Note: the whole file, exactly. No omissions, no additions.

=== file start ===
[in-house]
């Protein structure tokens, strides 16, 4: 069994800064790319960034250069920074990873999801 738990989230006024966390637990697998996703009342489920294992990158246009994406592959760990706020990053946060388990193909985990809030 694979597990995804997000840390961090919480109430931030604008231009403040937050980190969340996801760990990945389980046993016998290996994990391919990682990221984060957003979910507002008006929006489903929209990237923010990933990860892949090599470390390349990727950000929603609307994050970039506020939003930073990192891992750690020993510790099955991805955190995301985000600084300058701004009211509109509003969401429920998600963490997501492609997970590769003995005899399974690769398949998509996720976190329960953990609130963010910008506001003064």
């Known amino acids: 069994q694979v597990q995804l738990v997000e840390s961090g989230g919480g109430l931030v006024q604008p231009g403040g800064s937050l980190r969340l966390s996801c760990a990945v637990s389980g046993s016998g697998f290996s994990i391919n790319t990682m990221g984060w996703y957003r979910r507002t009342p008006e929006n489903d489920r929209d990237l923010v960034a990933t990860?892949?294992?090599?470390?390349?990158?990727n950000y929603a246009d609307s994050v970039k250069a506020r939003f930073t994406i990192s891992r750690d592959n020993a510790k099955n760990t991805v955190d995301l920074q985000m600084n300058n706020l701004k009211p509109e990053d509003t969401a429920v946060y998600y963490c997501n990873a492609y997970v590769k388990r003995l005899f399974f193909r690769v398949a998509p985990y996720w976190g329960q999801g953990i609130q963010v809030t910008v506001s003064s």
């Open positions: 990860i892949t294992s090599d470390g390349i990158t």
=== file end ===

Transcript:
[in-house]
């Protein structure tokens, strides 16, 4: 069994800064790319960034250069920074990873999801 738990989230006024966390637990697998996703009342489920294992990158246009994406592959760990706020990053946060388990193909985990809030 694979597990995804997000840390961090919480109430931030604008231009403040937050980190969340996801760990990945389980046993016998290996994990391919990682990221984060957003979910507002008006929006489903929209990237923010990933990860892949090599470390390349990727950000929603609307994050970039506020939003930073990192891992750690020993510790099955991805955190995301985000600084300058701004009211509109509003969401429920998600963490997501492609997970590769003995005899399974690769398949998509996720976190329960953990609130963010910008506001003064």
């Known amino acids: 069994q694979v597990q995804l738990v997000e840390s961090g989230g919480g109430l931030v006024q604008p231009g403040g800064s937050l980190r969340l966390s996801c760990a990945v637990s389980g046993s016998g697998f290996s994990i391919n790319t990682m990221g984060w996703y957003r979910r507002t009342p008006e929006n489903d489920r929209d990237l923010v960034a990933t990860?892949?294992?090599?470390?390349?990158?990727n950000y929603a246009d609307s994050v970039k250069a506020r939003f930073t994406i990192s891992r750690d592959n020993a510790k099955n760990t991805v955190d995301l920074q985000m600084n300058n706020l701004k009211p509109e990053d509003t969401a429920v946060y998600y963490c997501n990873a492609y997970v590769k388990r003995l005899f399974f193909r690769v398949a998509p985990y996720w976190g329960q999801g953990i609130q963010v809030t910008v506001s003064s």
């Open positions: 990860i892949t294992s090599d470390g390349i990158t």